Ultra: Roni Size and Reprazent bring pure drum ‘n’ bass back

Singer Onallee with Roni Size in Reprazent's first US appearance in seven years.
Singer Onallee with Roni Size in Reprazent's first US appearance in seven years.
Roni Size wanted Miami’s Ultra Music Festival to know what exactly it was listening to.

He pointed to the drum kit. “Just the drums! I just want the drums!

“You see, we don’t have no CDs, no backing tracks! This is real drum and bass!” Size said, drawing out the last three words that also define the kind of music that first made him and his group Reprazent stars during the 1990s.

Size reconvened Reprazent last year when he put out a deluxe edition of New Forms, the LP that won him the Mercury Music Prize in 1997. Back in 1997, Size was a massive part of the drum ‘n’ bass scene that also featured Goldie (who was also in attendance at Ultra), Squarepusher and A Guy Called Gerald.

Drum ‘n’ bass is characterized by a bass-heavy, fast sound that got its start in the rave scene in the United Kingdom. Size came from one of the sound’s biggest Meccas — Bristol.

And he proved Friday, in the band’s first U.S. appearance in seven years, that he and Reprazent still had it. Many of the original members are still in the band, including vocalist Onallee and bass player Si John.

With Onallee bringing powerful hooks to life, Size got the crowd hopping in a hot, sweaty cauldron of dance.

They all knew exactly what they were listening to.


Black-Eyed Peas back together with a Boom, a Boom and a Pow

Finally, a great shot of the Peas... hey! Move that camera!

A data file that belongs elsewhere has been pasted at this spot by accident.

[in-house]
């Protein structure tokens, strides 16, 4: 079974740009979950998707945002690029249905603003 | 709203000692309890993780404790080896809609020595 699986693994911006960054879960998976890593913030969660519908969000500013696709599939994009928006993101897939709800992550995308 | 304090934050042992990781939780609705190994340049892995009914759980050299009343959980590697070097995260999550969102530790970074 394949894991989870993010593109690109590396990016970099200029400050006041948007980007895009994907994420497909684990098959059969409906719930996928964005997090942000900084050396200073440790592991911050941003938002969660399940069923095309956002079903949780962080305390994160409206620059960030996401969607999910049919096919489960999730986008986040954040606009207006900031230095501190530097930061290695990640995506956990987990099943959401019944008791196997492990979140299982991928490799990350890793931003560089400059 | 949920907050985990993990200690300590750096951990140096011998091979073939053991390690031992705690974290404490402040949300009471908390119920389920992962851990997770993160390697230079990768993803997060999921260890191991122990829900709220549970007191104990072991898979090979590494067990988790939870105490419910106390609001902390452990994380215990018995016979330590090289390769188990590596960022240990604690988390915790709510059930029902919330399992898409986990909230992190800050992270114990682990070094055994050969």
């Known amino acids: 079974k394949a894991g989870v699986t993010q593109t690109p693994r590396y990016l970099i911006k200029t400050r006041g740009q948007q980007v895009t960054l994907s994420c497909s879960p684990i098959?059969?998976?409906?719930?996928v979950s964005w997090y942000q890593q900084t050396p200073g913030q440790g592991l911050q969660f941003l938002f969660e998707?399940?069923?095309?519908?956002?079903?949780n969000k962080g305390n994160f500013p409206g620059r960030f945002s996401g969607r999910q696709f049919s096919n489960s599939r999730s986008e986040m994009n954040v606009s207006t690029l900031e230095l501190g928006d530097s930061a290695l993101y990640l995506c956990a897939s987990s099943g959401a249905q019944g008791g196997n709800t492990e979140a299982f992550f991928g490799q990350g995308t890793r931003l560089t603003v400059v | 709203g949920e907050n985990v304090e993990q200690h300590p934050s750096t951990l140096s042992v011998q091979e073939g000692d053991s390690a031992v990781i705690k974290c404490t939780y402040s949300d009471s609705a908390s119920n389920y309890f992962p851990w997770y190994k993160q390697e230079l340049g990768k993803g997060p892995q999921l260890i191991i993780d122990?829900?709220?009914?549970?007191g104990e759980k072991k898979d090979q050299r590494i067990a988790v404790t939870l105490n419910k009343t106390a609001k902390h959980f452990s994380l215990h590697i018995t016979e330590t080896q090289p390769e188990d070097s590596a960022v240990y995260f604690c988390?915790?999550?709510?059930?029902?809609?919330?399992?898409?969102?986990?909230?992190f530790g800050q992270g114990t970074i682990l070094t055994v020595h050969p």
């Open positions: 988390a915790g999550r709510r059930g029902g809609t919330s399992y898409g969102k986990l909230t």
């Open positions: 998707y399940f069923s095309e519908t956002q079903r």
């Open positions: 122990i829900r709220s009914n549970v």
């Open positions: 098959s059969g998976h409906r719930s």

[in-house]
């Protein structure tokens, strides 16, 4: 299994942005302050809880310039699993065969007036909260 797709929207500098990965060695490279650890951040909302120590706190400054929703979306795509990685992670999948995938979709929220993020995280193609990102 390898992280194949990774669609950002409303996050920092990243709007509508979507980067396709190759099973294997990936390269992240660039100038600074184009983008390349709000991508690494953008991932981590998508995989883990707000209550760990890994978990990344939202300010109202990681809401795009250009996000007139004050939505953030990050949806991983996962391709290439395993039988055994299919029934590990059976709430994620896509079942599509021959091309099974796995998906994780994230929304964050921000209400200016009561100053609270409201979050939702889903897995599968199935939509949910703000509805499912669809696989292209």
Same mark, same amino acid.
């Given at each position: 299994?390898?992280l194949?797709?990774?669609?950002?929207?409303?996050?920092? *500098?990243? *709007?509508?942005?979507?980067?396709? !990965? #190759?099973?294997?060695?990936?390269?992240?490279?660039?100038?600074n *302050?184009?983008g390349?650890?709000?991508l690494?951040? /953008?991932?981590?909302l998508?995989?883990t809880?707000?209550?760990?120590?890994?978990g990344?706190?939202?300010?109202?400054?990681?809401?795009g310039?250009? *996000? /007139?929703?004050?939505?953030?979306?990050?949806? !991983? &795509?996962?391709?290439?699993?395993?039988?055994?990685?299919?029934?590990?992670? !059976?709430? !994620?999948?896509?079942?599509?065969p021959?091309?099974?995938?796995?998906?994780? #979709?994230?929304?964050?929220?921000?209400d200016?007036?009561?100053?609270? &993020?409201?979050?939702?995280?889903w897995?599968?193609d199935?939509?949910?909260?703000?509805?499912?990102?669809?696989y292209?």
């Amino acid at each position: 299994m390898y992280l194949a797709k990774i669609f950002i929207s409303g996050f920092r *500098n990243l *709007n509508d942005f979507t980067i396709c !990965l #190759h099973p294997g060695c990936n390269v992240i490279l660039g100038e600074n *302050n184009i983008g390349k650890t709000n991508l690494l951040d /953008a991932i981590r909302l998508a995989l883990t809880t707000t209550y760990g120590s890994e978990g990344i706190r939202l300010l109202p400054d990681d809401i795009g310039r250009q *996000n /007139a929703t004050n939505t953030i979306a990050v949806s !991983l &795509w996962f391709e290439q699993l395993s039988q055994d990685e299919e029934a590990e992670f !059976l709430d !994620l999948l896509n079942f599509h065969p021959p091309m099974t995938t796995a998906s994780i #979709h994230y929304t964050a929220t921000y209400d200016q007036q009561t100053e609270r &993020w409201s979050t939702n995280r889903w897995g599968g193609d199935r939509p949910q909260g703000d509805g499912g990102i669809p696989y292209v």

Finally, a great shot of the Peas... hey! Move that camera!
Finally, the Peas are back in the same pod.

Over the last two years, you’ve seen various members of the Black Eyed Peas all over the place. Fergie performed her solo album The Dutchess and appeared in movies; Will.i.am got out the vote for President Obama, released a solo album and produced.

But in returning to the fold, all of the Peas — which also include rappers Apl.de.ap and Taboo — began working their music and style in a different way.

The best example is the band’s brand new single, “Boom Boom Pow”, an extremely danceable song that is nowhere near out of place at Ultra Music Festival in Miami, where the band debuted the song on stage Friday.

“‘Boom Boom Pow’ is a part of experiments I’ve been doing,” Will.i.am said in a news conference before their performance. “I wanted to make a song that was basically one whole verse, and in mid-song pull in an whole new beat, inspiring DJs to play the song the full way.”

It was a highlight of the band’s brief but well-received performance at the festival, the centerpiece of the Winter Music Conference — a week-long electronic music celebration that brings together some of the top DJs in the world.

“The DJ is the most important thing in music today,” Will.i.am said. “When we released ‘Boom Boom Pow’, with the straight version, the a capella version and more, we wanted to give DJs the tools to help ‘Boom Boom Pow’ reach all different kinds of areas.”

“The song is based in the kind of clubs where we know it will live,” Fergie added. “People need something that makes them feel good right now.”

“Boom Boom Pow” is the first salvo of the upcoming The E.N.D. The band members say the new album’s sound is more along the lines of electro, a high-energy sound that also pulls them away from the poppier elements of the Peas’ last two LPs.

“The sound kind of reminds me of what hip-hop was like in 1980,” Will.i.am said. “It’s celebrating the kind of sound of what is happening in the world.”